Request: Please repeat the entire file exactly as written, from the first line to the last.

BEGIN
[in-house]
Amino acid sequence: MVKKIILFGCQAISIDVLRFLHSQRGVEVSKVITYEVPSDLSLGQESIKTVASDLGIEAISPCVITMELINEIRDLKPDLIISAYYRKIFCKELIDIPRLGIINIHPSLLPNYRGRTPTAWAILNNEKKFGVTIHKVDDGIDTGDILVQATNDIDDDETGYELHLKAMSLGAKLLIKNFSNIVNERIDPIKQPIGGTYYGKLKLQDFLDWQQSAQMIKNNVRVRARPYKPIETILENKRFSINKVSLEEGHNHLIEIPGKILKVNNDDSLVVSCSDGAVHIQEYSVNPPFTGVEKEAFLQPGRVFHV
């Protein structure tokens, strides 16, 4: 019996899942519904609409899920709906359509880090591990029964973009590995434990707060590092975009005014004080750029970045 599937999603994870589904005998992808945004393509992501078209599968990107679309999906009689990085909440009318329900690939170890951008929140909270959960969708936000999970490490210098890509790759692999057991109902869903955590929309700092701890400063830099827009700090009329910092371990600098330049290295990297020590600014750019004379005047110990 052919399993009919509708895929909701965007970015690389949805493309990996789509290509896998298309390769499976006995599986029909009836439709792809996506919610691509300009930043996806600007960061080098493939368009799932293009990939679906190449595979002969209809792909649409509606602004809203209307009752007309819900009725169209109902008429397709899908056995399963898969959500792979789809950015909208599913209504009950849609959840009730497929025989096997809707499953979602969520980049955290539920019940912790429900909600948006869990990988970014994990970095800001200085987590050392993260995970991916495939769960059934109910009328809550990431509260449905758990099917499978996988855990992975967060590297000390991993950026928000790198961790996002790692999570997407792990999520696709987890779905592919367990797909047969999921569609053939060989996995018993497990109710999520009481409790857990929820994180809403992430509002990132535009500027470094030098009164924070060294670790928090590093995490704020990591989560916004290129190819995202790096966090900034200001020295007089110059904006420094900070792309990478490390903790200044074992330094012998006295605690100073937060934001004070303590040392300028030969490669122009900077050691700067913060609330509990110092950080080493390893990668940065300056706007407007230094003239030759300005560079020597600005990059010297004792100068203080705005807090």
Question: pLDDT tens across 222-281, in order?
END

[in-house]
Amino acid sequence: MVKKIILFGCQAISIDVLRFLHSQRGVEVSKVITYEVPSDLSLGQESIKTVASDLGIEAISPCVITMELINEIRDLKPDLIISAYYRKIFCKELIDIPRLGIINIHPSLLPNYRGRTPTAWAILNNEKKFGVTIHKVDDGIDTGDILVQATNDIDDDETGYELHLKAMSLGAKLLIKNFSNIVNERIDPIKQPIGGTYYGKLKLQDFLDWQQSAQMIKNNVRVRARPYKPIETILENKRFSINKVSLEEGHNHLIEIPGKILKVNNDDSLVVSCSDGAVHIQEYSVNPPFTGVEKEAFLQPGRVFHV
């Protein structure tokens, strides 16, 4: 019996899942519904609409899920709906359509880090591990029964973009590995434990707060590092975009005014004080750029970045 599937999603994870589904005998992808945004393509992501078209599968990107679309999906009689990085909440009318329900690939170890951008929140909270959960969708936000999970490490210098890509790759692999057991109902869903955590929309700092701890400063830099827009700090009329910092371990600098330049290295990297020590600014750019004379005047110990 052919399993009919509708895929909701965007970015690389949805493309990996789509290509896998298309390769499976006995599986029909009836439709792809996506919610691509300009930043996806600007960061080098493939368009799932293009990939679906190449595979002969209809792909649409509606602004809203209307009752007309819900009725169209109902008429397709899908056995399963898969959500792979789809950015909208599913209504009950849609959840009730497929025989096997809707499953979602969520980049955290539920019940912790429900909600948006869990990988970014994990970095800001200085987590050392993260995970991916495939769960059934109910009328809550990431509260449905758990099917499978996988855990992975967060590297000390991993950026928000790198961790996002790692999570997407792990999520696709987890779905592919367990797909047969999921569609053939060989996995018993497990109710999520009481409790857990929820994180809403992430509002990132535009500027470094030098009164924070060294670790928090590093995490704020990591989560916004290129190819995202790096966090900034200001020295007089110059904006420094900070792309990478490390903790200044074992330094012998006295605690100073937060934001004070303590040392300028030969490669122009900077050691700067913060609330509990110092950080080493390893990668940065300056706007407007230094003239030759300005560079020597600005990059010297004792100068203080705005807090």
Question: pLDDT tens across 222-281, in order?